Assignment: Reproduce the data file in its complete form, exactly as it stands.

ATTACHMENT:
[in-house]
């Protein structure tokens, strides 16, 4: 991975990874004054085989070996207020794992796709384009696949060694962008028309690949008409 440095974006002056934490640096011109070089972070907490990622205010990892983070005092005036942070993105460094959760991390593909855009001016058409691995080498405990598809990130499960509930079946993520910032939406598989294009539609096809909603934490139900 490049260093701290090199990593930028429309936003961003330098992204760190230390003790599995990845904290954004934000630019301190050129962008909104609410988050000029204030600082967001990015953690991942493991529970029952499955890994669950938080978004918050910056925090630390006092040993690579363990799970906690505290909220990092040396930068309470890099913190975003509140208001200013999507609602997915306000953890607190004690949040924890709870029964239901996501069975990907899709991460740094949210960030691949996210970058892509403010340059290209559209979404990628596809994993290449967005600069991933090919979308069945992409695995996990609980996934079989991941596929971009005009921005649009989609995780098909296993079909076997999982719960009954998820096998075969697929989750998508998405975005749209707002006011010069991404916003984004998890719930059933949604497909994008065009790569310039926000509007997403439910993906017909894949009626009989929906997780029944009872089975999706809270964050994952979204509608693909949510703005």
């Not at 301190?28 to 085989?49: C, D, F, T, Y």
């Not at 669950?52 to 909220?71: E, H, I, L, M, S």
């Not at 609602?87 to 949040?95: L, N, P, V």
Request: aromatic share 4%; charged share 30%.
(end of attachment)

[in-house]
């Protein structure tokens, strides 16, 4: 991975990874004054085989070996207020794992796709384009696949060694962008028309690949008409 440095974006002056934490640096011109070089972070907490990622205010990892983070005092005036942070993105460094959760991390593909855009001016058409691995080498405990598809990130499960509930079946993520910032939406598989294009539609096809909603934490139900 490049260093701290090199990593930028429309936003961003330098992204760190230390003790599995990845904290954004934000630019301190050129962008909104609410988050000029204030600082967001990015953690991942493991529970029952499955890994669950938080978004918050910056925090630390006092040993690579363990799970906690505290909220990092040396930068309470890099913190975003509140208001200013999507609602997915306000953890607190004690949040924890709870029964239901996501069975990907899709991460740094949210960030691949996210970058892509403010340059290209559209979404990628596809994993290449967005600069991933090919979308069945992409695995996990609980996934079989991941596929971009005009921005649009989609995780098909296993079909076997999982719960009954998820096998075969697929989750998508998405975005749209707002006011010069991404916003984004998890719930059933949604497909994008065009790569310039926000509007997403439910993906017909894949009626009989929906997780029944009872089975999706809270964050994952979204509608693909949510703005």
């Not at 301190?28 to 085989?49: C, D, F, T, Y």
């Not at 669950?52 to 909220?71: E, H, I, L, M, S």
């Not at 609602?87 to 949040?95: L, N, P, V």
Request: aromatic share 4%; charged share 30%.